UnNews:Cameron scuppers EU deal for the UK

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Cameron scuppers EU deal for the UK

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02 August 2015

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British Prime Minister David Cameron is determined to get a better deal for Britain by making it impossible to negotiate a deal with the EU, or leave altogether.

BRUSSELS, Belgium -- British Prime Minister David Cameron has informed exasperated Brussels officials that the UK wants "a better deal" or the UK will exit the European Union entirely.

Mr Cameron did not specify why the deal needed to be better, nor what would render it sufficiently better, two things that might make it impossible to negotiate. Nor did the PM say how the UK intends to absent itself from Europe.

Mr Cameron's move came as yet another online poll showed that two-thirds of the UK population were not waiting for the promised referendum but stated that:

  • Brussels still does not represent value for money,
  • The EU are largely responsible for the loss of control of the UK’s borders.

Britons also said it is not right that over 50 percent of UK law today comes from the EU. In fact, the only EU legislation that respondents welcomed was the one making it illegal to eat one's pet.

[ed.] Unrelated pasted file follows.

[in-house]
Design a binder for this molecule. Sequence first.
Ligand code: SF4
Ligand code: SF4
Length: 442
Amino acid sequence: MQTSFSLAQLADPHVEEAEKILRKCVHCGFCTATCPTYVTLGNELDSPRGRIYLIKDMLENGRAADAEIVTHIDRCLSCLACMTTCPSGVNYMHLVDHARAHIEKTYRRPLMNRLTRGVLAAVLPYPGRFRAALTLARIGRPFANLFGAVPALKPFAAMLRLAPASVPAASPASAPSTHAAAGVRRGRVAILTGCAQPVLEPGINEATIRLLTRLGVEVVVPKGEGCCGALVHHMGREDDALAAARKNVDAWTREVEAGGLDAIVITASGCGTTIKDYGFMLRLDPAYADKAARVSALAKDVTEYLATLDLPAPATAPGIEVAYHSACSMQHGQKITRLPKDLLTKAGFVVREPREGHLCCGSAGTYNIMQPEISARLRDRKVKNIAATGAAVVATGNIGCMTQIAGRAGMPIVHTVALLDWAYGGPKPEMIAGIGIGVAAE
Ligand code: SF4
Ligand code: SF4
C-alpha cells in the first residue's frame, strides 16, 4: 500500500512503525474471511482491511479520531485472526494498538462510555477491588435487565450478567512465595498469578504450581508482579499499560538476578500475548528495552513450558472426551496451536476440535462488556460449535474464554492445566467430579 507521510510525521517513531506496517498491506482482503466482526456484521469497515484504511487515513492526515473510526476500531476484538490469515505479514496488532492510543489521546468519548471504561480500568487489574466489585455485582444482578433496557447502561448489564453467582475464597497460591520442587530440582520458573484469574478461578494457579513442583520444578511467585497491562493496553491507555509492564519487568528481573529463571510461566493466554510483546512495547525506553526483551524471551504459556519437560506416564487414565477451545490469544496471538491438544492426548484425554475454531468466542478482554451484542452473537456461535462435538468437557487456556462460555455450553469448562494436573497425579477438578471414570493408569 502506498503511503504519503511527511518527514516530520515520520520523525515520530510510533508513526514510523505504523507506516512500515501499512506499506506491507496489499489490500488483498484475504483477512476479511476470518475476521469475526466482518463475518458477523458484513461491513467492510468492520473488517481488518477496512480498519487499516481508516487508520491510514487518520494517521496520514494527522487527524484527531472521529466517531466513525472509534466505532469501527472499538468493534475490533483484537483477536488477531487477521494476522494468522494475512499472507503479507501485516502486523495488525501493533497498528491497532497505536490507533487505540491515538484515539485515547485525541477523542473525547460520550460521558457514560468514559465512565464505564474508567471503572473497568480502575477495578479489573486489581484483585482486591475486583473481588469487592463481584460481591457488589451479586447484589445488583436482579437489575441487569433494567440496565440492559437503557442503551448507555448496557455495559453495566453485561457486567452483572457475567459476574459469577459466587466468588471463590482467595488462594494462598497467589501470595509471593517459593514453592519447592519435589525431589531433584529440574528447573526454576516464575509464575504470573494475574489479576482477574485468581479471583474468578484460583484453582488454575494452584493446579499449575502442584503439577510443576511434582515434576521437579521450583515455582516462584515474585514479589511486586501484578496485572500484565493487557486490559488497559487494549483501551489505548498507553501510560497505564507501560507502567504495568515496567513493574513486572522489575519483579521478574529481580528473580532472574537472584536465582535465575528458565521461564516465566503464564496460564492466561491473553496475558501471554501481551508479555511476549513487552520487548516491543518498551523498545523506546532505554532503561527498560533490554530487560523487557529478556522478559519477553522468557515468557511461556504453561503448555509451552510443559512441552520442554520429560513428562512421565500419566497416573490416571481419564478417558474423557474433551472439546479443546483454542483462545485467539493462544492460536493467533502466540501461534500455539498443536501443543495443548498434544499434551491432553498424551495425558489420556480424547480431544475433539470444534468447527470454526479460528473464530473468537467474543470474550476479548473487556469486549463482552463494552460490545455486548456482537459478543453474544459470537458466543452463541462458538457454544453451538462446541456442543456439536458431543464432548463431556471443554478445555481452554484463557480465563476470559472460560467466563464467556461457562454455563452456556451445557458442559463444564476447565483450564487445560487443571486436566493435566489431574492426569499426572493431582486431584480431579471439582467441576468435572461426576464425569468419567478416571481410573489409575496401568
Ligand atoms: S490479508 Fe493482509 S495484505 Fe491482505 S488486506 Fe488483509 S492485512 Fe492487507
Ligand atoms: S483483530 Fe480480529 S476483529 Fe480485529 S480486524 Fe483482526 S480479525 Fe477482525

In fact, British concern about “European law” is misplaced. There is no such thing, because Brussels change or ignore their own law on a whim. For example, Article 125 of the EU Treaty, which states: “The Union shall not be liable for...public undertakings of any Member State”, technically has no exception for the ongoing bail-out of Greece.

A substantial portion of those polled volunteered the opinion that the EU should confine itself to the advertised goal of debating pan-European issues, such as easing red tape for export/import business, rather than debating whether cucumbers should be bent, labelling Swedish so they are not confused with turnips in the supermarket, and hair-splitting with product-label writers about whether bottled water actually hydrates you.

Mr Cameron promised a referendum on union with Europe in the 2015 British general election, as the promise seemed to be an obligatory component of a campaign. In addition, European legislation — where the UK already had perfectly good legislation — is crippling the cucumber business, upsetting Swedes, and decimating pet shops. Also, by effectively wiping out war in Europe, the important Conservative constituency of weapons dealers are in a downturn for the first time since 1914.

However, the new online poll may be Mr Cameron's first glimpse of the depth of British feelings on Europe — which may suggest that most want him to actually keep the promise. Fortunately for his government, the poll contained no hint that respondents view the sixth promise of a vote on a Brexit, following a fourth change of government, as just something politicians were saying to hang onto power.

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